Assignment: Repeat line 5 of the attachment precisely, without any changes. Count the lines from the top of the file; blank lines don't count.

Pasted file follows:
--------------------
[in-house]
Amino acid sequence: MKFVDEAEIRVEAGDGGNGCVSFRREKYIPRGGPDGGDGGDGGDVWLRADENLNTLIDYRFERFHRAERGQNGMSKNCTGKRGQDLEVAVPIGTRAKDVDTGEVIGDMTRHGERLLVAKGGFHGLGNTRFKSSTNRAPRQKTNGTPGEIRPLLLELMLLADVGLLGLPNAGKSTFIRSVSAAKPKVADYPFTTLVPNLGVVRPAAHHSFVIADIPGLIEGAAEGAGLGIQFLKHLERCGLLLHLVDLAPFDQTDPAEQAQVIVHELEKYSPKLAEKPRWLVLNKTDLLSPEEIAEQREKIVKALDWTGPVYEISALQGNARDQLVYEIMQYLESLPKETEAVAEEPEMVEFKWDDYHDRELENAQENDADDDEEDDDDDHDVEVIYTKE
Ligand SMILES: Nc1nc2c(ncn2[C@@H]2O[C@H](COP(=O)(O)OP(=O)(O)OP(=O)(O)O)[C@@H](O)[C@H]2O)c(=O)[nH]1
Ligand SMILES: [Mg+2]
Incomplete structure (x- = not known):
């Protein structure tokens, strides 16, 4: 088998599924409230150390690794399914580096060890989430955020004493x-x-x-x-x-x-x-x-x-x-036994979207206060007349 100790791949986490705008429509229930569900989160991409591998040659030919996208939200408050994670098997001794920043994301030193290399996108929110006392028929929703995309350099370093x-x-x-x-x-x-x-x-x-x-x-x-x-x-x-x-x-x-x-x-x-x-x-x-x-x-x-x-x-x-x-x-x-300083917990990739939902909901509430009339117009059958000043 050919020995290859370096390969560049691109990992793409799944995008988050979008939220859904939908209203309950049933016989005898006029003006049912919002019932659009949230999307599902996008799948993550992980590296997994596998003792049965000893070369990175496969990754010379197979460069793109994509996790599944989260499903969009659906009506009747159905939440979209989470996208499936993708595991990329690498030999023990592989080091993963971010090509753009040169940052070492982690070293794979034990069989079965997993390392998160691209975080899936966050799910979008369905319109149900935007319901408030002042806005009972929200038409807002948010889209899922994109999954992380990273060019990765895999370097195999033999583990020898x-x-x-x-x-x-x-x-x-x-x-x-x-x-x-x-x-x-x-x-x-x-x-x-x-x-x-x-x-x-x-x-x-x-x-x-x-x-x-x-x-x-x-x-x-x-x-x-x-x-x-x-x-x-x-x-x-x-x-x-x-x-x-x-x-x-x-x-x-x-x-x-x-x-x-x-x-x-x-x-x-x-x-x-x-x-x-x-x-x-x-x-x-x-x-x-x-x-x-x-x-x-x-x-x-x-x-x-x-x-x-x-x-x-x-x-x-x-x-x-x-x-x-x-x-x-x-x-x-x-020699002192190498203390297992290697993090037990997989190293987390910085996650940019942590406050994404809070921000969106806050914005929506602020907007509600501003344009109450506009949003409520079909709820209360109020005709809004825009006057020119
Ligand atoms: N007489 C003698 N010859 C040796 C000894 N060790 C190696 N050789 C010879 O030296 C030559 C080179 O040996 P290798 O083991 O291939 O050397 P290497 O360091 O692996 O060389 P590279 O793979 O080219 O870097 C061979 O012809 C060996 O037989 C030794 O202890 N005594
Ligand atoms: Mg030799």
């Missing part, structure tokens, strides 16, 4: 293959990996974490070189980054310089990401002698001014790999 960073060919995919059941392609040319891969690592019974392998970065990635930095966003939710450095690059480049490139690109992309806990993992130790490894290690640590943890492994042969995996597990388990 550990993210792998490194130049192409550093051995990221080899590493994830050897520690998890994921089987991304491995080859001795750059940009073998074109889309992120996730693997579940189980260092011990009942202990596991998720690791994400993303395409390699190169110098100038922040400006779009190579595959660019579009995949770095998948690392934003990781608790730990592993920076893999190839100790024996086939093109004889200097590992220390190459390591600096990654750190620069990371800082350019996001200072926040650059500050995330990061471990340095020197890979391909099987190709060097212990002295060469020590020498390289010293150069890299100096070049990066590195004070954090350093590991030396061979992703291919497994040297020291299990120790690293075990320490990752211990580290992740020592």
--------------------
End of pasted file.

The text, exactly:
Incomplete structure (x- = not known):